Below is an excellent article I wrote over on insidestl.com for today’s column that can help make you rich. I’ve been too busy to write anything additional for today, so I wanted to share this with you. I promise to add more than this to FinanceDad this week, hopefully today at lunch I can complete the other article I’m working on and have it published early this afternoon. My goal is to write Tuesday and Friday over on insidestl.com, and Monday, Wednesday, and Thursday here on FinanceDad. Remember, you can sign up to have my articles delivered right to your inbox, so you don’t have to check the site constantly for updates. The free subscription service will email you once a day (in the evening and only if there are new articles), a highlight of all articles written for that day, if they interest you, you click the link for the article you want to read and it will bring you to the article on my site. You can unsubscribe without hassle anytime, and don’t worry, I won’t spam you.
How do marketing folks continually get us to buy crap that we don’t need? What do you buy that you don’t need or care about and why? What are our true basic needs? How will understanding all of this make you rich? After reading this article you will instantly have a better grasp in identifying your own spending habits and what makes you buy crap you don’t need, so you can take control of your spending and money, and start being able to buy things you do want, like a big house with a pool and hot tub, and a vacation to San Francisco or Florence, Italy.
Why is it that most people consistently walk in to stores with buying one thing in mind, and come out with a handful of things they didn’t intend on buying, and still they didn’t get what they originally went for? In short, because we can easily change what we want to what we need to emotionally satisfy ourselves. Suddenly, something else we see and want becomes a need and we must have it.
What’s the last thing you bought that you hadn’t originally planned on buying when you went to the store? The last time I went to the store, I went grocery shopping. I had no budget in mind before shopping, and no true list of what I needed to buy. I knew we needed milk and bread and items for dinner for the following week or two. But what did I end up buying? I spent about $160 and ended up getting a few meals and a bunch of other stuff. Let’s focus in on that other stuff for now. I bought Gatorade because my daughter pulled it off the shelf and she wanted it and one for my son too, because she had one. I noticed my son was influencing my daughter to pick things up and throw them in the cart (so he wouldn’t get in trouble I suppose). Other items I bought that weren’t truly needed included chips, pretzels, alcohol, energy drinks, and a slew of other miniscule items that weren’t truly needed, until I justified them in my head.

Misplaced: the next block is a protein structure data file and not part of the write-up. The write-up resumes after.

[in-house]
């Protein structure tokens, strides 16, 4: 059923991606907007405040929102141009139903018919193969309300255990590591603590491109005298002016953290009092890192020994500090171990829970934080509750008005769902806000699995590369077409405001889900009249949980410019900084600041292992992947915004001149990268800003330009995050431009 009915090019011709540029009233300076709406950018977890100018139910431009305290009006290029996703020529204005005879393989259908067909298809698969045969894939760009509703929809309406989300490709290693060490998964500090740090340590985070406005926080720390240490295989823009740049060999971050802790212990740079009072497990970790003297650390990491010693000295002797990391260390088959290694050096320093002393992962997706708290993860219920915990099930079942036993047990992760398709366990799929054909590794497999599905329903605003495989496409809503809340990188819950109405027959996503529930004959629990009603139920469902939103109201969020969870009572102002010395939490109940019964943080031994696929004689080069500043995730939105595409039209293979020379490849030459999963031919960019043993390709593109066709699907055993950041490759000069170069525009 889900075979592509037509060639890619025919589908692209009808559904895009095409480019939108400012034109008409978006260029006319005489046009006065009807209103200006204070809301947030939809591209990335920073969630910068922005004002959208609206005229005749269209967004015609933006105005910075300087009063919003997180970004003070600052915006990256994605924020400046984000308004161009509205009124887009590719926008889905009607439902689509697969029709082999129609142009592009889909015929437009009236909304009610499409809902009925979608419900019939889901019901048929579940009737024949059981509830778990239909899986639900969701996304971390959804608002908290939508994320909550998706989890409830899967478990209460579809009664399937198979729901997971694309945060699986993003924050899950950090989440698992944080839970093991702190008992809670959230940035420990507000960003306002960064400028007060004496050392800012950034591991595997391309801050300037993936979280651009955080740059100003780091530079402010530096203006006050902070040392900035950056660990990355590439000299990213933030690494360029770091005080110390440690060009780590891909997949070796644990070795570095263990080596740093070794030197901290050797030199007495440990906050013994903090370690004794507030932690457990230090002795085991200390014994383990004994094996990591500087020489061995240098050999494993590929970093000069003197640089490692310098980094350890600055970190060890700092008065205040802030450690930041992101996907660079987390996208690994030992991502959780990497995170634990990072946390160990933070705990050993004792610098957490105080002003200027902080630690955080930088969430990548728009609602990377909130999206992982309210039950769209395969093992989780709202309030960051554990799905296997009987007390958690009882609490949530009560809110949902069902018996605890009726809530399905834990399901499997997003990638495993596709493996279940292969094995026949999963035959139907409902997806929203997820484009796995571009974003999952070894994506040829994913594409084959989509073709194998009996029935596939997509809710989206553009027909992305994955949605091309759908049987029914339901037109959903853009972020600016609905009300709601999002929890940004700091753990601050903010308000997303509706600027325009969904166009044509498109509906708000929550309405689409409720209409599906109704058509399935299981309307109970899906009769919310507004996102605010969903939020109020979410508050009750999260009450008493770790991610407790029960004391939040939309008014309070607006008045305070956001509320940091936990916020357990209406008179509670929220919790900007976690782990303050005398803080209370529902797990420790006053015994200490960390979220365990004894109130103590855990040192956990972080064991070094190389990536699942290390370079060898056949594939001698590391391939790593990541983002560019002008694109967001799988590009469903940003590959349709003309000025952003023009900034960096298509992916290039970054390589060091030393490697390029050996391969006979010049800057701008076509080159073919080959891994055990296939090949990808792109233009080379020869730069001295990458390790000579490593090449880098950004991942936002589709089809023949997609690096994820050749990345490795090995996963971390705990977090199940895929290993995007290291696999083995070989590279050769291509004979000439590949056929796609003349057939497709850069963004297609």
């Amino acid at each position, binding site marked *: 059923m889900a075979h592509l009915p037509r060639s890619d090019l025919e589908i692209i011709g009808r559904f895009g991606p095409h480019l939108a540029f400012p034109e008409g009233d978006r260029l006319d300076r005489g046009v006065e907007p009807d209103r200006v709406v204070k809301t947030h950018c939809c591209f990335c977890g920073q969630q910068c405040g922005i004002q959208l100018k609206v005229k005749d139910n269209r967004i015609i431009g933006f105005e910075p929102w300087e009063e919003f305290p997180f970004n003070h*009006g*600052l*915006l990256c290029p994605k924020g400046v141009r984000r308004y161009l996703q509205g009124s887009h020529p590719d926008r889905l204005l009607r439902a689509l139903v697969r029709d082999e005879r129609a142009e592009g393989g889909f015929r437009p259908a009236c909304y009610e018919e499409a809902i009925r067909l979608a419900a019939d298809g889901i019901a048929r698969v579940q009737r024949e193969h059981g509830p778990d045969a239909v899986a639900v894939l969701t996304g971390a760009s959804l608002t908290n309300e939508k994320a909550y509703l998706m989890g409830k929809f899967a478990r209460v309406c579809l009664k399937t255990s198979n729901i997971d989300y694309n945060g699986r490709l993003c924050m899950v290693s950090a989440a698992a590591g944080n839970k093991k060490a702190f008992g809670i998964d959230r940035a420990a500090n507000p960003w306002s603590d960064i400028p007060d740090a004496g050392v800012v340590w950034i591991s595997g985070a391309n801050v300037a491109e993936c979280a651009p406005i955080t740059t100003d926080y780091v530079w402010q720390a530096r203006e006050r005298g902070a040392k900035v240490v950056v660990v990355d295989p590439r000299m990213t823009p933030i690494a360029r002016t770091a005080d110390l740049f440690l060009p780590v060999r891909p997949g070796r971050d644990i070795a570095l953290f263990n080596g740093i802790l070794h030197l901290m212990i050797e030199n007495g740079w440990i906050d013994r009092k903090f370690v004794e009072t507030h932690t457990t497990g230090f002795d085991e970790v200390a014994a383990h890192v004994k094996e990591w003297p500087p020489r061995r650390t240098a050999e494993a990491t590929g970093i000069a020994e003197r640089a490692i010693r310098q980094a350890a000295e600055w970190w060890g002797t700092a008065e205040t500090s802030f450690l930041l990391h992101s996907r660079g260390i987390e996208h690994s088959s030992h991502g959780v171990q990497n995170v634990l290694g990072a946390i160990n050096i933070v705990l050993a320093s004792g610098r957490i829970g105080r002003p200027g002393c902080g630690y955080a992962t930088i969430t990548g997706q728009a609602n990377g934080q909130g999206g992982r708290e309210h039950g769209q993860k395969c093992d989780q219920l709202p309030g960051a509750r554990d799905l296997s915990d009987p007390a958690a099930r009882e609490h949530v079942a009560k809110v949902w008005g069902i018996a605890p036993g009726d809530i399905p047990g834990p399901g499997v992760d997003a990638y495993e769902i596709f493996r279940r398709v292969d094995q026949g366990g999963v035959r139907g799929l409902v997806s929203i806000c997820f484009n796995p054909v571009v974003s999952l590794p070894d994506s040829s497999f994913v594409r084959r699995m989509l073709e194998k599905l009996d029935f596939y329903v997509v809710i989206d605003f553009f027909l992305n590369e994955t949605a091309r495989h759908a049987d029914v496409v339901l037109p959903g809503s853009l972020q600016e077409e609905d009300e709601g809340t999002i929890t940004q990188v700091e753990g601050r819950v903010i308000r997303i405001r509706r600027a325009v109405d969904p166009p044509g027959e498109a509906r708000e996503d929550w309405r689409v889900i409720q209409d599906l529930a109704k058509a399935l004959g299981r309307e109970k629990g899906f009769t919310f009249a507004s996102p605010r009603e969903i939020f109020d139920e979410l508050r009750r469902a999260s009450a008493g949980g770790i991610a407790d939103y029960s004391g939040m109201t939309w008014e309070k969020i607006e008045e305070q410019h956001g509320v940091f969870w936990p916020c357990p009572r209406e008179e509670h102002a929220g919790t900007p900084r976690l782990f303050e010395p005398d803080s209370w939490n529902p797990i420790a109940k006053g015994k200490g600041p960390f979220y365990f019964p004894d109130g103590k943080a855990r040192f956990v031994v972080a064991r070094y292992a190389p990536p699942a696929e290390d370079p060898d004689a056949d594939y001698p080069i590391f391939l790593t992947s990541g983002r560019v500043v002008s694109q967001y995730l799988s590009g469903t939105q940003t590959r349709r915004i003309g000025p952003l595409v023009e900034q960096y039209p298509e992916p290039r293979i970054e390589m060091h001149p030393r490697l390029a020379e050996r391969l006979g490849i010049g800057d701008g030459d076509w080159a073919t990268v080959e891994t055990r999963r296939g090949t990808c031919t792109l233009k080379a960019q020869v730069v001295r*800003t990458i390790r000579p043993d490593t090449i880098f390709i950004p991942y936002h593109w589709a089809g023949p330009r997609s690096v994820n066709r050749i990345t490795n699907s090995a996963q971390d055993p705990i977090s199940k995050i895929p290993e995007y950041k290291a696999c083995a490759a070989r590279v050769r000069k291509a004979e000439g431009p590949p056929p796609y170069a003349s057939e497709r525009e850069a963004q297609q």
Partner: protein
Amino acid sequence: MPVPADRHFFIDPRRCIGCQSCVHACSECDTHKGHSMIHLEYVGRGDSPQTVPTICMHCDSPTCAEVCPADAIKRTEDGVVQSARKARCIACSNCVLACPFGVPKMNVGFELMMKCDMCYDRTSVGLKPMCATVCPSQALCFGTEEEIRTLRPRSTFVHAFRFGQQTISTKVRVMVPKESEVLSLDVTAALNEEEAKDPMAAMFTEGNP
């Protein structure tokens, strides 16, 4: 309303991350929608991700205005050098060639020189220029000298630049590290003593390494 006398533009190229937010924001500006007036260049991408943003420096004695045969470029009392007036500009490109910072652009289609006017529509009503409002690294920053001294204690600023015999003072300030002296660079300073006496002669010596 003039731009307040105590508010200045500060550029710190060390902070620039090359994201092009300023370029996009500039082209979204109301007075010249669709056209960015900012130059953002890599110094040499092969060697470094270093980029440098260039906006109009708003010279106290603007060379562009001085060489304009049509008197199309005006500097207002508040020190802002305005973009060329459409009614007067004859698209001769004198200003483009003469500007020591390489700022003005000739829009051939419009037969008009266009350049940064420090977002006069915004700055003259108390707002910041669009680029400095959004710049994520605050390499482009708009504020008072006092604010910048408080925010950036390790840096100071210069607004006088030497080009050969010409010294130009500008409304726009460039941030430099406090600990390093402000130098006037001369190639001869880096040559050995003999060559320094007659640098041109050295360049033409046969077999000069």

What did I truly need to buy? I needed to buy Milk and bread and dinner items for the next week, which would have totaled no more than $100. What did I buy? An additional $60 in items that I later determined “I needed to buy” based upon my desires and wants.
In buying the additional items I justified each and every purchase based upon perceived pleasures that changed my wants into needs. My family loves the pretzels and chips for snacks, we need them. My wife and I love to have an occasional Red Bull and Vodka, it makes sense to grab some now to have on hand when we want it. My kids will act out if they don’t get the Gatorade, I need it now or me and every other customer in the store will pay the price.
Marketing folks make you think you need stuff by making you believe that it will make you happy. Instead of taking that $60 I would have spent on crap that I really didn’t need until I got to the store and justified it in my head, I could have put that money towards a weekend vacation for the family. In less than three grocery trips to the store I could have saved enough money to get a hotel in Branson for the weekend with an indoor swim park the kids would have had a blast with. Stupid me, I caved in for 2 minutes of satisfaction that could have been hours of fun in a month. How incredibly short sighted and stupid of me. The next time I go to the store I’m going to think about this stuff before I buy crap that I want that I make myself believe I need. We need food, shelter and love, that’s all we truly need. Everything else we justify into needing, when in reality we’re only looking at the now, in spite of screwing ourselves over for getting what we really want.
This is the beginning of understanding yourself. Reflect back on the last time you went shopping. What did you suddenly want that you decided you needed? How do you think understanding this can have a profound impact on your future purchases? Do you want or “need” to take more vacations or have a bigger house with a pool and a hot tub than you want or need that other crap that you buy when you go shopping? If so, it’s time you start deciding what’s really important to you, crap or vacations and a bigger home. Before you go shopping make a list of what you truly need and stick to it, when you see other crap, decide if you want that or a bigger house and a vacation. Take the money you would have spent and throw it into a bucket (or a separate bank account). I bet at the end of the day you will feel much more happy that you really are getting what you truly want and desire. Maybe you could care less about having a bigger house or more vacations, then decide what you really want or “need” and make that your object for comparison.
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